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Question: How should we track digital conversions?

Gary Elekes; Founder, EPC Training:

I like the question, because it actually assumes that we need to track digital conversions, so that’s the first really cool part about that question.

Digital conversions are easy to track. Google makes Google Analytics available [free] that can be installed as a baseline dashboard on all websites. It doesn’t matter if it’s a really basic website or it’s a Ferrari-style design. Google wants you to track the conversions; they’re interested in you spending more money. That’s their whole business model, so they’ve done a nice job of building that.

A more sophisticated web provider will probably have a customized dashboard, and that dashboard will probably go to further lengths to track, you know, cost per lead, and segregate where those leads are coming from. So for example, email marketing is a place that we have that’s a very separate type of a medium, even though it’s digital and it’s part of the database of the company; everything is linked back through the dashboard system so that a digital conversion on, say, an electronic drip campaign is tracked separately. So how many clicks? What was the click-through and conversion ratio? At some point hopefully we actually sell something to somebody, so we want to track that as well.

Social media, obviously, SEO – which is the organic searches – paid search, you might have Bing, you might have Google, you might be doing remarketing. With big data now, we’re able to track all of Wally’s web habits and history. So anything he does and touches we can grab ahold of that information through big data and ultimately feed him back a remarketed ad that represents keywords, if we were in that space.

I was in Philadelphia giving a keynote speech and I was joking around that when I turned 50, the AARP people had me on the database and, essentially, I started getting Viagra calls on my cellphone routinely. And I’m like, “I don’t understand why this is happening” – and of course it’s big data. They’re tracking that your birthdate is X, and as soon as I cross over that birthdate I start getting calls from pharmacies in Canada. And all you have to do is click on a website anywhere and that cookie is placed there. So the purpose of the conversions and tracking that is based on the idea of segmenting your digital space. Google will help you do that, but I think your provider needs to be the next level up, which is tracking those independently.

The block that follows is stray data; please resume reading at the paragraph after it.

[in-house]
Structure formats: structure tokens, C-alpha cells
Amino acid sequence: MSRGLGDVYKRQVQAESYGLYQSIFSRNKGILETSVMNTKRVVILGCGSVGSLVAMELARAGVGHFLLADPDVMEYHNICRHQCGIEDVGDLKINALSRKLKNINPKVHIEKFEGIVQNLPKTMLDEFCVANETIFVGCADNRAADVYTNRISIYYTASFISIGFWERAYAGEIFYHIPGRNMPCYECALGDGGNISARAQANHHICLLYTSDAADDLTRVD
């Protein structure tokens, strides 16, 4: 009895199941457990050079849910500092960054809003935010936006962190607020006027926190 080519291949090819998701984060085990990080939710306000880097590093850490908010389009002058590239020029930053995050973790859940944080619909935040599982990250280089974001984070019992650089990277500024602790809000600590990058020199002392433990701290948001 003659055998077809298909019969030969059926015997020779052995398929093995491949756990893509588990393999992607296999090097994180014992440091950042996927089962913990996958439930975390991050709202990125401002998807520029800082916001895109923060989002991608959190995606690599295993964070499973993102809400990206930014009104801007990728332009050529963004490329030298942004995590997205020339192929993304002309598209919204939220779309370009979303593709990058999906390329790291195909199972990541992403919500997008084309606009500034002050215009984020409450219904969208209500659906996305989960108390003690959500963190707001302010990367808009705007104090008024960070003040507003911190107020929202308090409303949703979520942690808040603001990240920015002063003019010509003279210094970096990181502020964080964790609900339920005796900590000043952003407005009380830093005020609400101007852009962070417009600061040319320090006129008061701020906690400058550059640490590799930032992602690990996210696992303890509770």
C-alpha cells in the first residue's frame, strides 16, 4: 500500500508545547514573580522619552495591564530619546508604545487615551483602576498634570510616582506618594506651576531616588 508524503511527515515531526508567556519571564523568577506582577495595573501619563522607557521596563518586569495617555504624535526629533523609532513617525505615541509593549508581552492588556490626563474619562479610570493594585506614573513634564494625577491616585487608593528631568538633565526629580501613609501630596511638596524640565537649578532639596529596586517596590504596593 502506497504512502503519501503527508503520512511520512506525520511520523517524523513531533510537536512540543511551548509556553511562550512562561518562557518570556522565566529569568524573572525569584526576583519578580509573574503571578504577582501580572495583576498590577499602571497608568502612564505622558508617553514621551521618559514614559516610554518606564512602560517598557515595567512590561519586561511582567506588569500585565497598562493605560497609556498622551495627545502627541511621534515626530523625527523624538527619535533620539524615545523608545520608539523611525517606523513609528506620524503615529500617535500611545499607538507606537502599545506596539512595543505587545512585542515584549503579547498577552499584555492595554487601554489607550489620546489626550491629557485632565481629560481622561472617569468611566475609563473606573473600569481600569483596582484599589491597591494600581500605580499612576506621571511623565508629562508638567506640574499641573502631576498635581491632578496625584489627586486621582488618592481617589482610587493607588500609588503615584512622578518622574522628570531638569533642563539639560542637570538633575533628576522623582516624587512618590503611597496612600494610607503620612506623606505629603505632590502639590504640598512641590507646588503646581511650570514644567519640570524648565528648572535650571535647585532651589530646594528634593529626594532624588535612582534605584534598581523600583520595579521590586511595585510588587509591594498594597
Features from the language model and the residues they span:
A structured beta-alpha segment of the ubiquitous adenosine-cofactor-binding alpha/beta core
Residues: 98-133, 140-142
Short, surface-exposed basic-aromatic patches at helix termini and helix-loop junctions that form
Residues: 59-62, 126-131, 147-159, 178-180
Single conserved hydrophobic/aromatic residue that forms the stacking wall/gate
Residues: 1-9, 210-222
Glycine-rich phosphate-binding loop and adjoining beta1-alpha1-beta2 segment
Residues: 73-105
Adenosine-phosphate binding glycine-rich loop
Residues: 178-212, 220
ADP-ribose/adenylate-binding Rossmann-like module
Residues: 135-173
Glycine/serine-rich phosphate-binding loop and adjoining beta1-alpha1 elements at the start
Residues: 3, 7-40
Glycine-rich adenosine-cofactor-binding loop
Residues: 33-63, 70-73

I’ll also suggest that currently there are some pretty cool innovations going on in lots of different technology spaces. One of them is the artificial intelligence tracking, call-scoring and identification system. So we’ve pretty much built our own, but it’s out there as well and different companies will market different products. But essentially if someone calls in, we’re recording that call but we’re also transcribing that call for keywords. We’ve told it the keywords such as “maintenance,” “service agreements,” “ESA” – you know if you call your club “ESA: energy service agreements.” Whatever the words that are installed in there, all of that is recorded, tracked against an algorithm that’s then built, and scored. So if the score of the call is 85 or greater we’d say, “Hey, that’s a nice call, we did a good job, we don’t really need to worry about that.”